Wednesday, February 15, 2012

The Man from Nantucket

On a blustery winters day early in Dec of 1923on Nantucket island, a son was born to immigrant parents from Norway. This firstborn child would go and live to see the world change as never before in history. He would go on to leave an indelible mark upon it.
His family,country, and friends would be forever in debt and gratitude.
This is the story of  that Man from Nantucket.

As his last born son, I will attempt to give you some sense of the man.
I will from time to time in this narrative tell you of my recollections and lessons learned.
We didn't always see eye to eye on a lot of things. Thankfully in his last years we came to an accord of each other.

And so it begins.....

Of his very early life I know less than I would have liked.
Here are the few things I do know:
After leaving Nantucket my grandparents settled in the small fishing village of Noank, Connecticut.
This is just outside Mystic, the famous whaling port.
This was a time when four-masted schooners still sailed, outhouses were still common,and milk and ice still came delivered to your door.
In his youth he belonged to the sea scouts [a nautical boy scouts].
At thirteen he built by hand a 16 foot sailboat with a small cabin,
hand cut, sanded and assembled from keel to mast.
It made the local papers.  [Somewhere in my vast library I personally have a copy and photo..Impressive as hell.]
From the cabin he witnessed history we have only read about.
The last age of grand sailing ships interspersed with the modern age of shipping unfolded under his gaze.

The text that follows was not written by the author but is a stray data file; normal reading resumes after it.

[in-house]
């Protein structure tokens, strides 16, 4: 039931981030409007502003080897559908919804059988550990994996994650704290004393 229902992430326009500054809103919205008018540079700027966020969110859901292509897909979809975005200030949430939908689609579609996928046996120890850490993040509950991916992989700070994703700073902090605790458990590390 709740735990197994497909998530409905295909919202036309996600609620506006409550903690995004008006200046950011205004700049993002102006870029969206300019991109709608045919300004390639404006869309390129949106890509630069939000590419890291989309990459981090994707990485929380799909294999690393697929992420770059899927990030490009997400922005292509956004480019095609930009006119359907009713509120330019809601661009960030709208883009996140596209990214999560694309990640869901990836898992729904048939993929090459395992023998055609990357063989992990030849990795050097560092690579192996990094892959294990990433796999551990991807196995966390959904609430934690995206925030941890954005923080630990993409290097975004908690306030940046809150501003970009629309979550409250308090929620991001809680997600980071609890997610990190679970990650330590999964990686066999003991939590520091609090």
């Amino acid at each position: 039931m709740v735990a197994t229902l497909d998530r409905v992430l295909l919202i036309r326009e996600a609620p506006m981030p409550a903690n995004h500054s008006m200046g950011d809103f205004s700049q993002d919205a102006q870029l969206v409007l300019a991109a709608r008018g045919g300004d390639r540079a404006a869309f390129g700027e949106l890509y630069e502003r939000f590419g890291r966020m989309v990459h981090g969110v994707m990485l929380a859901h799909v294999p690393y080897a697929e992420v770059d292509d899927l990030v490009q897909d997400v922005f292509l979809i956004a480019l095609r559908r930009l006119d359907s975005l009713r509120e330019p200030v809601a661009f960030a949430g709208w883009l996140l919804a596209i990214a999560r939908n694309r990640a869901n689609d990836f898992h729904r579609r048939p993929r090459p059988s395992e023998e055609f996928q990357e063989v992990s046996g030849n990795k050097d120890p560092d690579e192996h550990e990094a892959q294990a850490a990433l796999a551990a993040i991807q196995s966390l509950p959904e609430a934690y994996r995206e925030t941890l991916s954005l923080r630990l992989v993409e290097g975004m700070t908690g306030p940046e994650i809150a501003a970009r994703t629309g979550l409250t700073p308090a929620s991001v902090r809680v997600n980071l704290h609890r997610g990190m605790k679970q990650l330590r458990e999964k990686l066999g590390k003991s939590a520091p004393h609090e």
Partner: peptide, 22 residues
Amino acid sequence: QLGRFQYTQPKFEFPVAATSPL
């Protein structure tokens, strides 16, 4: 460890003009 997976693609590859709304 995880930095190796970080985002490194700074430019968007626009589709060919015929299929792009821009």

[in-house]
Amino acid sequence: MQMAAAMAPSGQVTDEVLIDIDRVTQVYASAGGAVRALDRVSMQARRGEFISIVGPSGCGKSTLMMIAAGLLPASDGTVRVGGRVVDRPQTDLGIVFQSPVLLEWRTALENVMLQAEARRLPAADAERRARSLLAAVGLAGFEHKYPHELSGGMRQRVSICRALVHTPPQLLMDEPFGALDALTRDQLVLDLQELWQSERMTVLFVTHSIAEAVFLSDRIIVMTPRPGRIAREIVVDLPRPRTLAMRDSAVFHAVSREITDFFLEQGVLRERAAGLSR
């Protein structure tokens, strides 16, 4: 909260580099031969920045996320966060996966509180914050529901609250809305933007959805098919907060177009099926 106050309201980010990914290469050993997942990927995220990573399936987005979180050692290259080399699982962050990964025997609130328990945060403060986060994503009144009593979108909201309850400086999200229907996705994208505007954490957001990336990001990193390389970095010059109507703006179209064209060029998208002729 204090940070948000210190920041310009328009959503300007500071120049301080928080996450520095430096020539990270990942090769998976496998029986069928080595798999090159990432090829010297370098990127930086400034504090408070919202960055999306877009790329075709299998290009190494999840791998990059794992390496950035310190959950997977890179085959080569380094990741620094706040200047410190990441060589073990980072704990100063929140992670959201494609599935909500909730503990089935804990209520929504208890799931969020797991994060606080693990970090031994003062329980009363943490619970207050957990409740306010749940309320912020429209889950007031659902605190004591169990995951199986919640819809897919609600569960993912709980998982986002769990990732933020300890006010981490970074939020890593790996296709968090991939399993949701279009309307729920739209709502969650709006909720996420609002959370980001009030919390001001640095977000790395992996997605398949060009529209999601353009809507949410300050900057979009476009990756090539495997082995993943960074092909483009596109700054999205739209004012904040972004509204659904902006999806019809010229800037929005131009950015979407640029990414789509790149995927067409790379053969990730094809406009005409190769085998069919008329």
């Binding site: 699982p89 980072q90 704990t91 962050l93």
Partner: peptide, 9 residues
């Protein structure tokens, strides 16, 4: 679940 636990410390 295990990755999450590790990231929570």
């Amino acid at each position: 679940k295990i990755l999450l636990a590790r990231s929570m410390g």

Charles Lindbergh, Amelia Earhart flew past his boat...Lindbergh even waved.
The Hindenburg passed over so low he could see the faces of the passengers on it's final fatal journey to New Jersey.
He also got a job driving and delivering the local milk truck at 12.
He also got into harmless mischief from time to time....
Moving outhouses a few feet back in the dark..
Relocating ships in the harbor..
Sneaking into the local old cranky sea captains house and making spooky noises,relocating furniture.
Deep in the middle of the depression his father [a fishing boat Captain] died of pneumonia.
At the age of 16 he was the sole breadwinner for his family of 5 siblings and his mother.

He worked three jobs and carried on.

The winds of war came in 1941.
He heard the call to arms and volunteered.

Selected for duty in the then relatively new Army air force.
He was chosen for Bomber command aboard the pride of the air force fleet.
The new B17 flying fortress.
[Having seen the Bombers of WW2 ....I gotta say it was the best looking plane ever built]
He tried as a pilot but due to his size the local commander asked if he would consider belly gunner.
This was no small request.
From  Piloting to sitting in the most vulnerable spot on the plane.....I doubt many men would have said yes.
But, it was stressed that not many had the fortitude and size to fly in that small turret....His service would be better served.
Going where the need was most, he agreed.
Off to gunnery school near Kingman, AZ.

Most of us know our parents as straight laced do-rights and my perceptions were no different.
Imagine my surprise..
In his eighties after my mothers passing I offered to track down the lady he had dated when he was stationed in AZ.
He replied...I think she would have passed by now as she would be over a hundred..
Yes, my straight laced conservative father dated a 40+ year old women when he was 19!!
Rock on DAD!  you little Cad.

Back to the story.

Off to Europe aboard the troop ship Queen Elizabeth 2.
Final destination Kimbolten England.
Staff Sergeant Lief H "Flash" Nelson.
[The story is told that when asked to due a task...He'd get it done so fast they called him "Flash"
Personally..I think it was the "Eisenhower incident" as my mom called it..;]
379 bomb group. 524th  Squadron.
His first was to Bremerton Germany attacking the heavy water plants..[German nuclear research]